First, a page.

Indian Neutrino Observatory set for construction

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  1. Screambowl

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    India-based Neutrino Observatory - Wikipedia, the free encyclopedia

    Indian Neutrino Observatory set for construction - physicsworld.com
    The Indian government has given the go-ahead for a huge underground observatory that researchers hope will provide crucial insights into neutrino physics. Construction will now begin on the Rs15bn ($236m) Indian Neutrino Observatory (INO) at Pottipuram, which lies 110 km from the temple city of Madurai in the southern Indian state of Tamil Nadu. Madurai will also host a new Inter Institutional Centre for High Energy Physics that will be used to train scientists and carry out R&D for the new lab.
    Originally planned to be complete by 2012, the INO has been in limbo for a number of years. In 2010 ecologists and conservationists raised objections to the INO's initial proposed site at Singara in Tamil Nadu, which was near an elephant corridor and a tiger reserve. Researchers then had to find a new location, with the environment ministry only approving the Pottipuram site in 2011. Funding from the government arrived three years later.
    The INO will be built some 1.3 km underground, accessible via a 2 km-long tunnel. The lab will comprise three caverns, the largest being 132 m long, 26 m wide and 30 m high, which will house a 50,000 tonne Iron Calorimeter (ICAL) neutrino detector. The detector will consist of alternate layers of some 30,000 "resistive plate chambers" and iron plates.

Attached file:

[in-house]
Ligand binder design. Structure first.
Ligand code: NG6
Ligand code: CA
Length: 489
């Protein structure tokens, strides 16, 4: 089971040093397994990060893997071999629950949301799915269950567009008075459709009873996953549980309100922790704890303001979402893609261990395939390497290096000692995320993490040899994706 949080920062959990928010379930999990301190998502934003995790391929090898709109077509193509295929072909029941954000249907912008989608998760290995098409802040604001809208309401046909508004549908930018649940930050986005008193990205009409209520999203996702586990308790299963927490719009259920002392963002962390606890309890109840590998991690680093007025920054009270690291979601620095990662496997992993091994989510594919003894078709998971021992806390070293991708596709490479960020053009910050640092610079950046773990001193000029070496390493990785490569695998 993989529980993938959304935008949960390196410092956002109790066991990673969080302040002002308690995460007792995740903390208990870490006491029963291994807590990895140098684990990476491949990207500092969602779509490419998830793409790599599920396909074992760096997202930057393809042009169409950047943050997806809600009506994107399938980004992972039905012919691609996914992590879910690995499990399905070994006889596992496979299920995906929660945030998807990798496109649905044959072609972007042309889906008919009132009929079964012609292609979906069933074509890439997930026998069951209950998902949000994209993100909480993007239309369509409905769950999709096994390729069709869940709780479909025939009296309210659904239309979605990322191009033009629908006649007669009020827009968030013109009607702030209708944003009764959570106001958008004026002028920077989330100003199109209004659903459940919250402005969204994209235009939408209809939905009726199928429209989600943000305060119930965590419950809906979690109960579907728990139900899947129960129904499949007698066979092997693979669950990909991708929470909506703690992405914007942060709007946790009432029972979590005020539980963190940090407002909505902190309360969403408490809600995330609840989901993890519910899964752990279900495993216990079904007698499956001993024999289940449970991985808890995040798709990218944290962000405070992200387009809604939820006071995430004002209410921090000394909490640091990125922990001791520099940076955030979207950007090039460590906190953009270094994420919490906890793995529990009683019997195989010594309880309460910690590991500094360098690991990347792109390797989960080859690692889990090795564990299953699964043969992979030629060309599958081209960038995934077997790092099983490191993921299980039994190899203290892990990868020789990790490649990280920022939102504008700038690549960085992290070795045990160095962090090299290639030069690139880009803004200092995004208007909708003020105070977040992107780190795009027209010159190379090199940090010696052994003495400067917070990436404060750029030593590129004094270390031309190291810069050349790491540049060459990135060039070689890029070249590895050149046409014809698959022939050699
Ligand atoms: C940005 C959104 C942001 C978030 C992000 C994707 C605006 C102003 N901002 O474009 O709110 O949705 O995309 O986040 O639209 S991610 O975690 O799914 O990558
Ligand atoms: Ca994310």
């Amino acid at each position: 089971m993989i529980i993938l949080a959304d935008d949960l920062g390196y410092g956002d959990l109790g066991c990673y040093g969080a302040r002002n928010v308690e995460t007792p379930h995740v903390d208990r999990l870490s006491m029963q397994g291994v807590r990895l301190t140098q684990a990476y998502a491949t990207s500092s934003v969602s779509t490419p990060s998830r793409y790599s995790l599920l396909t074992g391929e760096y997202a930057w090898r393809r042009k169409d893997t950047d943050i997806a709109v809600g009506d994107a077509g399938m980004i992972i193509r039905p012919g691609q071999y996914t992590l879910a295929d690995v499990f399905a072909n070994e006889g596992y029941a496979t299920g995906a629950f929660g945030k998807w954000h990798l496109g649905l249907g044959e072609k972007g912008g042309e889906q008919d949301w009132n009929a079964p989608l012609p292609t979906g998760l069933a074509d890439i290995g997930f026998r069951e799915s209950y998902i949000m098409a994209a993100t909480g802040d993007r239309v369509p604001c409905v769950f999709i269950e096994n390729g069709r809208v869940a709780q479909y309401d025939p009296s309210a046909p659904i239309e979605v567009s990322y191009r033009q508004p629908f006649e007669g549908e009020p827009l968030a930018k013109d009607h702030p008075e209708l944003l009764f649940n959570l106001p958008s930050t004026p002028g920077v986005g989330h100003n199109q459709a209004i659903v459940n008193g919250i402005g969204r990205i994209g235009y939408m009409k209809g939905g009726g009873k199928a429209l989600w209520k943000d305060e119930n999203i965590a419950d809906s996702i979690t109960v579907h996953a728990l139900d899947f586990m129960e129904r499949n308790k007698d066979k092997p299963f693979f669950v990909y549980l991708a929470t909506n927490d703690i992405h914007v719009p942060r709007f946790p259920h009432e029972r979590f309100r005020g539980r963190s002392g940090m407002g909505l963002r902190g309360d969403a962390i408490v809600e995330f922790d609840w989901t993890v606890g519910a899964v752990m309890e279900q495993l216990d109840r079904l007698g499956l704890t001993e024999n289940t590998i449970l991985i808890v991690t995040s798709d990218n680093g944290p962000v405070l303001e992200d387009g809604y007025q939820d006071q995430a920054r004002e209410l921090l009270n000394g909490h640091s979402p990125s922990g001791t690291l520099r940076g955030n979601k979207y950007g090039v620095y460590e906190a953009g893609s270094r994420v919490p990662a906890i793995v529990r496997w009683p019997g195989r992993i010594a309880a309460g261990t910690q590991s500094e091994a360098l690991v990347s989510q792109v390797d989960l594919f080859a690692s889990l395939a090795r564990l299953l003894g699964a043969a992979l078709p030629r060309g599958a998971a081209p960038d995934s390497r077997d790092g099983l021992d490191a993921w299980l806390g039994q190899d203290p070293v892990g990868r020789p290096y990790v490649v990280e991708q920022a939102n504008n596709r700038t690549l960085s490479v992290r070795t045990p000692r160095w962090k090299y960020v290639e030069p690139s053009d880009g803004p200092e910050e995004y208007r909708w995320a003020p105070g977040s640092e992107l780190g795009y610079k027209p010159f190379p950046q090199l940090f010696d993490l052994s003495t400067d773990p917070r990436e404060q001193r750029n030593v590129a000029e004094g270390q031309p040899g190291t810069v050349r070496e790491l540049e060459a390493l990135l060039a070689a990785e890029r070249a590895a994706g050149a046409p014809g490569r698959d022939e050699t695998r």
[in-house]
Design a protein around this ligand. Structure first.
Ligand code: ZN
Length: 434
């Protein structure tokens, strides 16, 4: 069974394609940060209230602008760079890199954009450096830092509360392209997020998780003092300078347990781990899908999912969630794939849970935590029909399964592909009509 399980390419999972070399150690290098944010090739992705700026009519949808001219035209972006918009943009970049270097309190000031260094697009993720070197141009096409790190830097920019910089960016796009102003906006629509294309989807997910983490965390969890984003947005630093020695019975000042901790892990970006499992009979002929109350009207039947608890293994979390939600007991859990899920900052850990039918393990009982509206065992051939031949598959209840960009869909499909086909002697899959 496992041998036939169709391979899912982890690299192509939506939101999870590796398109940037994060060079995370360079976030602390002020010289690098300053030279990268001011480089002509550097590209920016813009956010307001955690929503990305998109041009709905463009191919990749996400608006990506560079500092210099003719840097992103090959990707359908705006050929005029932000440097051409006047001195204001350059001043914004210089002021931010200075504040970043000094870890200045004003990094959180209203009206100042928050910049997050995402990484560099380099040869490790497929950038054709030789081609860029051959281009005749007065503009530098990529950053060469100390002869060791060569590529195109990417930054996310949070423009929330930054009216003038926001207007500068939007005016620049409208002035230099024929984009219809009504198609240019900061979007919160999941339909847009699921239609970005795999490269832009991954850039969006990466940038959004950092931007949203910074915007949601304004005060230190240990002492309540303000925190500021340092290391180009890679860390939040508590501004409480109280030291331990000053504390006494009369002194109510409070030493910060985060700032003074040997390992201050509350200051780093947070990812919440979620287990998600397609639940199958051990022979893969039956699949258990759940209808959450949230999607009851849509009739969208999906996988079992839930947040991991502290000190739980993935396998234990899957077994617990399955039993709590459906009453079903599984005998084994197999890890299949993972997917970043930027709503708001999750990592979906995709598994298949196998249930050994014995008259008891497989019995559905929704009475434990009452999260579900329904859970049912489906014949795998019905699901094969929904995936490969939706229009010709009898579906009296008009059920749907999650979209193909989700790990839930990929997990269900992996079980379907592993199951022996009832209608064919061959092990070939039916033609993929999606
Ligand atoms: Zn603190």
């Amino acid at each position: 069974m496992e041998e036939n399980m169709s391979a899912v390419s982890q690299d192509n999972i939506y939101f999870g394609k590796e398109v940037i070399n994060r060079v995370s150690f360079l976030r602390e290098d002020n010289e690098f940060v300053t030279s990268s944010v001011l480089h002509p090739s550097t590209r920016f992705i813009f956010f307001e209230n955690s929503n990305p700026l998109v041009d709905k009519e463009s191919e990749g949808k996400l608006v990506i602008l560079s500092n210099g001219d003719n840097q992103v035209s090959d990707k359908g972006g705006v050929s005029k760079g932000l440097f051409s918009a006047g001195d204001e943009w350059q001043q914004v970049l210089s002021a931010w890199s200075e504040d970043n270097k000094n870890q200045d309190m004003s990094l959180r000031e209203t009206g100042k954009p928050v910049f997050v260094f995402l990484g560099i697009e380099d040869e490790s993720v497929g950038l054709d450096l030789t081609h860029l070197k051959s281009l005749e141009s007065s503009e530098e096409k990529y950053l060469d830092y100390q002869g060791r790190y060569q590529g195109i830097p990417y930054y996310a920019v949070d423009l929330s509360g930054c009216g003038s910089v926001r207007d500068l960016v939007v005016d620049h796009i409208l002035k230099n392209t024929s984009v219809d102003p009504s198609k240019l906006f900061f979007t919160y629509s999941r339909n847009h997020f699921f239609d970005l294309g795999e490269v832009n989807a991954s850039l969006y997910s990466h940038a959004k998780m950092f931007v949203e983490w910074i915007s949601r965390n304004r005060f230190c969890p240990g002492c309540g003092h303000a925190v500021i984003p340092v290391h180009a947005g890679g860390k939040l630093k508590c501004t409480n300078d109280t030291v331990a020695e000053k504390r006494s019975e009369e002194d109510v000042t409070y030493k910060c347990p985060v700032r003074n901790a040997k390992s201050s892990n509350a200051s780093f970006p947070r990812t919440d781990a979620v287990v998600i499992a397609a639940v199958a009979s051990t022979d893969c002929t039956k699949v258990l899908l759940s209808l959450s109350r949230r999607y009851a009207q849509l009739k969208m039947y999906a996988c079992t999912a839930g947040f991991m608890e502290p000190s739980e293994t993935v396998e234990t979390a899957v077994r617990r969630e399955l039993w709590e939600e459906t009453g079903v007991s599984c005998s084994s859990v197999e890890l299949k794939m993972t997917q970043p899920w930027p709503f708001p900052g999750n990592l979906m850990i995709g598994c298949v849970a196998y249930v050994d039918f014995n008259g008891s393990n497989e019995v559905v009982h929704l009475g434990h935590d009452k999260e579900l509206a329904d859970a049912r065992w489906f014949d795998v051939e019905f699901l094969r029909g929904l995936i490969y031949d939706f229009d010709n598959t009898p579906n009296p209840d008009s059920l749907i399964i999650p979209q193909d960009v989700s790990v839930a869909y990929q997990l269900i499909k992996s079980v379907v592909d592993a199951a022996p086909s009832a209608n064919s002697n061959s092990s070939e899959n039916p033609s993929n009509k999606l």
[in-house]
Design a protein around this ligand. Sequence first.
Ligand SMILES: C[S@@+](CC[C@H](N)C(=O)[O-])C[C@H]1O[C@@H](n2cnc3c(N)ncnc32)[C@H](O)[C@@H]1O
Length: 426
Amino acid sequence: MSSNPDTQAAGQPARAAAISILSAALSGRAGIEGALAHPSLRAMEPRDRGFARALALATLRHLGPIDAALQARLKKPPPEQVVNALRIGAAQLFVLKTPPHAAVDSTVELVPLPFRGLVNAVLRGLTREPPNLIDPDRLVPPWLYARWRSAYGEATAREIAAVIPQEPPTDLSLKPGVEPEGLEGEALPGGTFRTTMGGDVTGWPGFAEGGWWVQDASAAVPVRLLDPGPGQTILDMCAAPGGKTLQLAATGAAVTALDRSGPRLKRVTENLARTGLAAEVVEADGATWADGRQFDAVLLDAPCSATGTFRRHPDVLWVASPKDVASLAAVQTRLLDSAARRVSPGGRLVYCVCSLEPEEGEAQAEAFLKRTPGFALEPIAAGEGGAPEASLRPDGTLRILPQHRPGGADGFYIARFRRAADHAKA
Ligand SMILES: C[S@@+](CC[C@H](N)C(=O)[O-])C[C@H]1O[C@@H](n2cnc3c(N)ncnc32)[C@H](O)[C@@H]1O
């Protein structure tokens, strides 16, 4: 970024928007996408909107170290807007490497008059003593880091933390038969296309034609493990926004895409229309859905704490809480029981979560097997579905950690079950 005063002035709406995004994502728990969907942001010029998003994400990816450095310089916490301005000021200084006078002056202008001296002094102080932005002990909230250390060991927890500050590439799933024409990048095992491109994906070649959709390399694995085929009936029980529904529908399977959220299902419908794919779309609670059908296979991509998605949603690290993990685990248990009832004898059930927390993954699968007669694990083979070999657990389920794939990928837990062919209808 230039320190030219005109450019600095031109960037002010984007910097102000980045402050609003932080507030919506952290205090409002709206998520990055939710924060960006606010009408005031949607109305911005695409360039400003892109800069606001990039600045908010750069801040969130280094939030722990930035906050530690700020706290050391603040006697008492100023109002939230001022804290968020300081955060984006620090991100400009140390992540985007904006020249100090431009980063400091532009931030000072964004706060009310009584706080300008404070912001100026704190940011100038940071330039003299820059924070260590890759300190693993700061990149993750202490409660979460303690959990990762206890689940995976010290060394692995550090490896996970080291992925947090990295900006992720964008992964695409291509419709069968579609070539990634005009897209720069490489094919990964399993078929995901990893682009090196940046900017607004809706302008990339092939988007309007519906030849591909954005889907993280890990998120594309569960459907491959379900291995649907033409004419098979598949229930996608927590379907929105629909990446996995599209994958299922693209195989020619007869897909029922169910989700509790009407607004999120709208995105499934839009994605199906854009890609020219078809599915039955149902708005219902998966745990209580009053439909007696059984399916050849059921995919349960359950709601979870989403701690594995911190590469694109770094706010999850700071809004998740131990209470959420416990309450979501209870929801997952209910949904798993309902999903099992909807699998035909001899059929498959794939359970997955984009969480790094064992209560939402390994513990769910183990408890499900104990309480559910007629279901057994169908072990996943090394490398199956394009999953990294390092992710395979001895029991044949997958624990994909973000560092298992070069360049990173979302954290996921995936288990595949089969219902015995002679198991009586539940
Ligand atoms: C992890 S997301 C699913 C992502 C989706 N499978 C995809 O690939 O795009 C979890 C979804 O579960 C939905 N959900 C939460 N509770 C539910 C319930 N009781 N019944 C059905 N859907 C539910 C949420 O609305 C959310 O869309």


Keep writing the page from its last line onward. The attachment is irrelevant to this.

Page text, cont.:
The outcome of this investment will be extraordinary and long term

    Krishnaswamy Vijayraghavan, secretary of the Department of Science and Technology
    The INO team hopes to use the detector to address the "neutrino-mass hierarchy". Scientists know that there are three neutrino-mass states, but do not yet know which is the most massive and which is the lightest. "Understanding this will help scientists to pick the correct theory beyond the Standard Model and, along with other accelerator-based experiments worldwide, address the problem of matter–antimatter asymmetry in the universe," says INO project director Naba Mondal, who is based at the Tata Institute of Fundamental Research in Mumbai (TIFR).
    As well as housing other experiments such as those searching for dark matter and neutrino-less double-beta decay, scientists are also hopeful that the INO will provide opportunities for young students to work on all aspects of particle-physics research, such as detector development and data analysis. "Science students across the country will have the opportunity to participate in building sophisticated particle detectors and electronic data-acquisition systems from scratch," says Mondal.
    Indeed, Krishnaswamy Vijayraghavan, secretary of the Department of Science and Technology, which oversees funding for many science projects, says that the INO could "allow India to train experimental physicists and high-end engineers on a large scale" in "extremely important and competitive high-energy physics". "INO will be the agent of transforming physics of this kind in India and will make a global impact," he adds. "The outcome of this investment will be extraordinary and long term."
     
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